Clinical/Healthcare Working Group


Although I don’t normally do IT for healthcare orgs, I have been called up a few times to help deal with software emergencies and wow those were eye-opening.

I look forward to helping.


Welcome!! Healthcare IT is a totally different world, isn’t it? :smile:

Care to share a story or anecdote about what left an impression from those experiences?


I’m in, see ya on the git


Oh I would love to. We should schedule some Google Hangouts to get the storytelling juices flowing.


Please count me in! I’ve got a HIPAA compliant meteor app in production. And thank you Abigail for being such a help to the community!


Anyone going to Meteor Space Camp?
Trying to decide if I should go. If there’s going to be health care hackery going on, then it’ll definitely be worth it.


We’ve been talking about doing a semi-regular video conference call for the Healthcare Working Group, and the Meteor Atlanta Meetup has tentatively scheduled to do a Clinical Meteor Q/A call on the 3rd week of September.

Maybe we should go ahead and do a technical prep call this week, and figure out exactly which communication channels we’re going to use to have those conference calls. Google Hangouts seems like the best solution for a public video conference.

Maybe something short, like 30 minutes, on Friday morning?

@mattjmorris - That’s fantastic, Matt. Would love to hear more about it! People have been coming out of the woodwork recently, and it just amazes me at how many people are doing healthcare apps with Meteor! :smile:

@eterps - I doubt I’ll be able to make it; but please feel free to organize a healthcare subgroup if you do decide to go!


Thanks for putting this together @awatson1978, i’ve been lurking on this thread for a while now and wanted to say that its great to hear others have also concluded that Meteor can play a major role in bringing the healthcare industry into the modern era.

I’m working on 2 projects targetting clinicians. I can’t divulge too much in the way of details at the moment, but we’re hoping to beta our first app by mid September.


Sure. I can do Friday morning. I’m on the west coast.


@awatson1978 - it is a web app for helping care staff in long-term and psychiatric care settings better record and respond to patient behavioral issues, and provides supervisory staff with analytics for determining the effects of interventions ( I’m definitely interested in participating in the Hangout.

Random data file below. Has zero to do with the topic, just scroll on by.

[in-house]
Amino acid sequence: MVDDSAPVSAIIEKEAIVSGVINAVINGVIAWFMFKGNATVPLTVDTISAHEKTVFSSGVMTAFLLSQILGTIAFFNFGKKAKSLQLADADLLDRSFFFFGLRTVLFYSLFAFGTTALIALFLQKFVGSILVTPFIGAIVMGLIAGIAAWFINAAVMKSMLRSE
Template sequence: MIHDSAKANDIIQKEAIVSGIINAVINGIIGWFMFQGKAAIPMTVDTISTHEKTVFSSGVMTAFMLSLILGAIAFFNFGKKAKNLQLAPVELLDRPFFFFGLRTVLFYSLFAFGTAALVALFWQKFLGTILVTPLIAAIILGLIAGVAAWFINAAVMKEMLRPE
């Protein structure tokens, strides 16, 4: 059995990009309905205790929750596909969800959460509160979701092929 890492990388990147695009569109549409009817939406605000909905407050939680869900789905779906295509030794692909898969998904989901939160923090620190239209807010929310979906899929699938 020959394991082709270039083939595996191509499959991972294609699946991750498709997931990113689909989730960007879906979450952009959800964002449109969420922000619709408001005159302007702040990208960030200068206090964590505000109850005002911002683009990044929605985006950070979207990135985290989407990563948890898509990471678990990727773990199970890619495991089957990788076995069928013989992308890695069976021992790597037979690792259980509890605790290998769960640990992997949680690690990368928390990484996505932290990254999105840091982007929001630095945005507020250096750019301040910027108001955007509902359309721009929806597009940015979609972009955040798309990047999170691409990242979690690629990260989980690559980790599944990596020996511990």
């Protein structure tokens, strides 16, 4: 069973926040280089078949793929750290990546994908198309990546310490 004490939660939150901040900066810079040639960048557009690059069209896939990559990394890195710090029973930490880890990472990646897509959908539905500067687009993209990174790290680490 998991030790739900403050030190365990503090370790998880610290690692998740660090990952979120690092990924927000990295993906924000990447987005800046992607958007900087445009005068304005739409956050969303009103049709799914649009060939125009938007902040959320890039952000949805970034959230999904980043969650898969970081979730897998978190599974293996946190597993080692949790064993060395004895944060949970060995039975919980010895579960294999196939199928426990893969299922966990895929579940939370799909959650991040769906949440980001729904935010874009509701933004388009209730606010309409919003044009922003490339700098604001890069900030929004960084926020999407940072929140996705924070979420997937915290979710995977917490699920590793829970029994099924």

Unfortunately my morning is shot for the Hangout. What if we could combine video conferencing with a #Slack-like functionality for this future Meteor medical+health forum. In other words, something like combined with something robust like With the ability to mark whether a thread should be public, private, or only accessible to specific users. A HIPAA compliant realtime forum for medical research groups and organizations. Does #Slack already have something like OpenTok gracefull fallback of WebRTC capabilities with their video conferencing solution? Even if they do, they probably won’t qualify as HIPAA compliant.


It’s funny you mention Slack-like functionality. This has come up in a couple different conversations.

Also, there’s actually an opentok telemedicine demo available that we did two years ago. It’s based on having different topic rooms, and is very hacky. We don’t advertise it on the Clinical Meteor page; but we do have the opentok pattern implemented:

Oh, btw… my apologies. I had a client approach me with an emergency HIPAA document review rush-job two days ago; and it’s completely borked my schedule this week.


I believe OpenTok API has been beefed up with a more robust multi-plexing since that time. One of the goals would be to be seemless handoffs between moderators for what/who is broadcasting from their camera. In other words, want to be inclusive of everyone who wants to join the conference, but only a small, reactive moderator group for camera/screensharing. The analogy would be a Hangout-on-Air (limit of 10 people concurrently sharing their camera/mic?) that is also broadcasting live on YouTube.

Or, the audio conferencing could be a separate integration that would allow handoffs from anyone who wants to talk, and then people without cameras on their computer could just call in from their phones.

And whoever misses the conference could access a recording of it later, just like YouTube live broadcasting or Ustream.

There are lots of web-conferencing tools that already do this, but they can get pretty expensive with a ton of users, and they don’t have the Slack-like functionality.


Hello everyone,

The way I see it, the best way to approach this should be via a full-blown international open source project, mainly promoted through a comprehensive website, to catch the attention of developers around the world, and therefore, have a lot of highly motivated people diligently working together towards achieving one of the highest and noblest human goals: a universal healthcare system. The main product should be a free platform service for every citizen of the world to keep their health records and support their health. To lead the project and coordinate all efforts, most probably an organization should be formed, a foundation, like Mozilla, Linux, etc. It could then collect donations to pay full and part-time collaborators, and have a real organization that will guarantee that the goal will be pursued and reached.